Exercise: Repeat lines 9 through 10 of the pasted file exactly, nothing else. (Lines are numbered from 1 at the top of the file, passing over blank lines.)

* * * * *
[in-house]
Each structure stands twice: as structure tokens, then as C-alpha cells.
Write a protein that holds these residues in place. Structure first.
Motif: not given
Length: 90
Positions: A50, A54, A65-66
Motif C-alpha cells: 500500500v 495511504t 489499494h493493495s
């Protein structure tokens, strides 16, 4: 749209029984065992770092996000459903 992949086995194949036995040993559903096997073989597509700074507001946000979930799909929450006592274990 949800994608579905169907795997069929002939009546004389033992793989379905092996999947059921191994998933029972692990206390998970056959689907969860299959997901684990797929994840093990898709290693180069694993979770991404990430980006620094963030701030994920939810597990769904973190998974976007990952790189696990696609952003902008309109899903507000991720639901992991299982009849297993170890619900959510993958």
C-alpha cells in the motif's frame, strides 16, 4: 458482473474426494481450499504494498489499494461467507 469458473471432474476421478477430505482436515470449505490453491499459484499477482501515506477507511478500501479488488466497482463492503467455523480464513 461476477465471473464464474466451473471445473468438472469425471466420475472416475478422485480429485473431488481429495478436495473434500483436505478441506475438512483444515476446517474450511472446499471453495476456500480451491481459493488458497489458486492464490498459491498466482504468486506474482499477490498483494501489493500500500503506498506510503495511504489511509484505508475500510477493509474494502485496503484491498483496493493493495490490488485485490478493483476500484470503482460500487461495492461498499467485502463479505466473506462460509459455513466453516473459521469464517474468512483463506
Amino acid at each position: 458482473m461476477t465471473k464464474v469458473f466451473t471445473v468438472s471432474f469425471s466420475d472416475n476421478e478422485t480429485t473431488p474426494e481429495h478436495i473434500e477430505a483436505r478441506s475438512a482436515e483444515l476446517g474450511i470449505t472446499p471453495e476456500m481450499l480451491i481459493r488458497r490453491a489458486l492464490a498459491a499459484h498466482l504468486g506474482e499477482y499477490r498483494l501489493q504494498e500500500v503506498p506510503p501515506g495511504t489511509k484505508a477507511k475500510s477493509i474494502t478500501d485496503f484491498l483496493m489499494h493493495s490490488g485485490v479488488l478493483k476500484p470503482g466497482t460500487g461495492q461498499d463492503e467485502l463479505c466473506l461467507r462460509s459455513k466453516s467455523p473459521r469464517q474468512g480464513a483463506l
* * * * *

C-alpha cells in the motif's frame, strides 16, 4: 458482473474426494481450499504494498489499494461467507 469458473471432474476421478477430505482436515470449505490453491499459484499477482501515506477507511478500501479488488466497482463492503467455523480464513 461476477465471473464464474466451473471445473468438472469425471466420475472416475478422485480429485473431488481429495478436495473434500483436505478441506475438512483444515476446517474450511472446499471453495476456500480451491481459493488458497489458486492464490498459491498466482504468486506474482499477490498483494501489493500500500503506498506510503495511504489511509484505508475500510477493509474494502485496503484491498483496493493493495490490488485485490478493483476500484470503482460500487461495492461498499467485502463479505466473506462460509459455513466453516473459521469464517474468512483463506
Amino acid at each position: 458482473m461476477t465471473k464464474v469458473f466451473t471445473v468438472s471432474f469425471s466420475d472416475n476421478e478422485t480429485t473431488p474426494e481429495h478436495i473434500e477430505a483436505r478441506s475438512a482436515e483444515l476446517g474450511i470449505t472446499p471453495e476456500m481450499l480451491i481459493r488458497r490453491a489458486l492464490a498459491a499459484h498466482l504468486g506474482e499477482y499477490r498483494l501489493q504494498e500500500v503506498p506510503p501515506g495511504t489511509k484505508a477507511k475500510s477493509i474494502t478500501d485496503f484491498l483496493m489499494h493493495s490490488g485485490v479488488l478493483k476500484p470503482g466497482t460500487g461495492q461498499d463492503e467485502l463479505c466473506l461467507r462460509s459455513k466453516s467455523p473459521r469464517q474468512g480464513a483463506l